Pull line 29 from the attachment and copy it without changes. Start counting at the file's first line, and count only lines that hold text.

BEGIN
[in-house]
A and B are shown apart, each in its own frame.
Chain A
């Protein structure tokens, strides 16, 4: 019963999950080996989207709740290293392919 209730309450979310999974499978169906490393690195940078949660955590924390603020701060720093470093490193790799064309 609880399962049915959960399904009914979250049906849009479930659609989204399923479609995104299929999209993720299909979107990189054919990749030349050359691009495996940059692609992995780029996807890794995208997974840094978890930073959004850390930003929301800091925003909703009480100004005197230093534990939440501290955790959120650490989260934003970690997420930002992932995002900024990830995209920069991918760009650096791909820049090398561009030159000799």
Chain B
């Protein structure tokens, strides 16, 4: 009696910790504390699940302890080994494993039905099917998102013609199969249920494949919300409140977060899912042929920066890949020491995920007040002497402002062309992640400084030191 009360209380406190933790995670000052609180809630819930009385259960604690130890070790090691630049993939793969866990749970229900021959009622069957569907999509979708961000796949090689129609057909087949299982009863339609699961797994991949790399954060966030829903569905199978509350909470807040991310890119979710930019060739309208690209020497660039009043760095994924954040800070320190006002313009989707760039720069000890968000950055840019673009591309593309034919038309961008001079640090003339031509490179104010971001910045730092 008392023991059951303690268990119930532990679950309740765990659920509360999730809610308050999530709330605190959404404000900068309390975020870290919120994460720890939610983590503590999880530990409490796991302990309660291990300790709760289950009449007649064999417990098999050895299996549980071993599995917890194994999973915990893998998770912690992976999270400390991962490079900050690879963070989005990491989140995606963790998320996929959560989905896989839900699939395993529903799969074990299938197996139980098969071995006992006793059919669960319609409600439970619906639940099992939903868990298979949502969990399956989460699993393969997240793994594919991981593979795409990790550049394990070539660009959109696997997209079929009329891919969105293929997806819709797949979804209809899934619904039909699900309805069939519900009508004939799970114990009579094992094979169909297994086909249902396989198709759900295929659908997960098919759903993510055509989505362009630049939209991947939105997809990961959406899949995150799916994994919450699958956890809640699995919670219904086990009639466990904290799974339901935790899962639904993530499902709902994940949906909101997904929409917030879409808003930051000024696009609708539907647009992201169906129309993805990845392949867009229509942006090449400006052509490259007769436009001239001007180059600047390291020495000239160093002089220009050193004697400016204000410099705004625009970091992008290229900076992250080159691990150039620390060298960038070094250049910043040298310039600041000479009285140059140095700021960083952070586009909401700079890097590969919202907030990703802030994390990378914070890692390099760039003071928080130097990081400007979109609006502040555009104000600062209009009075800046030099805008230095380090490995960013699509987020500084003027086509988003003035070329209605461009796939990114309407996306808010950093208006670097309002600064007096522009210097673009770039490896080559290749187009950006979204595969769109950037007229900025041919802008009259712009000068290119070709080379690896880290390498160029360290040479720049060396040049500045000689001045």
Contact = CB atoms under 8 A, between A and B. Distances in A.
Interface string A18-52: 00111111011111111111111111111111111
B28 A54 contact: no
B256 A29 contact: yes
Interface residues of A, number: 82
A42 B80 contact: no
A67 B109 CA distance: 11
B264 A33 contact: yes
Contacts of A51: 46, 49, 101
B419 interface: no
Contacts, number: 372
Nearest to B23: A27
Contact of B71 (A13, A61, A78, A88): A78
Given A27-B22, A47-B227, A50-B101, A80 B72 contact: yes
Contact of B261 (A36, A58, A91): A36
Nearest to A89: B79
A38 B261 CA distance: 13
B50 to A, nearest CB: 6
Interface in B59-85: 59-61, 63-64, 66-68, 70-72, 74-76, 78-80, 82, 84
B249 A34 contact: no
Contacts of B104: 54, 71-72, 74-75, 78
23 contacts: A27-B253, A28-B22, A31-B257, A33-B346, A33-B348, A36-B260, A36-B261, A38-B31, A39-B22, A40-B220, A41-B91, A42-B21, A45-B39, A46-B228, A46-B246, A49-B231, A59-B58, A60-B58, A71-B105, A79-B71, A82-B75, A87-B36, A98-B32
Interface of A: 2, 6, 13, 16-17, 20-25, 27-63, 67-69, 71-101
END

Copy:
Interface of A: 2, 6, 13, 16-17, 20-25, 27-63, 67-69, 71-101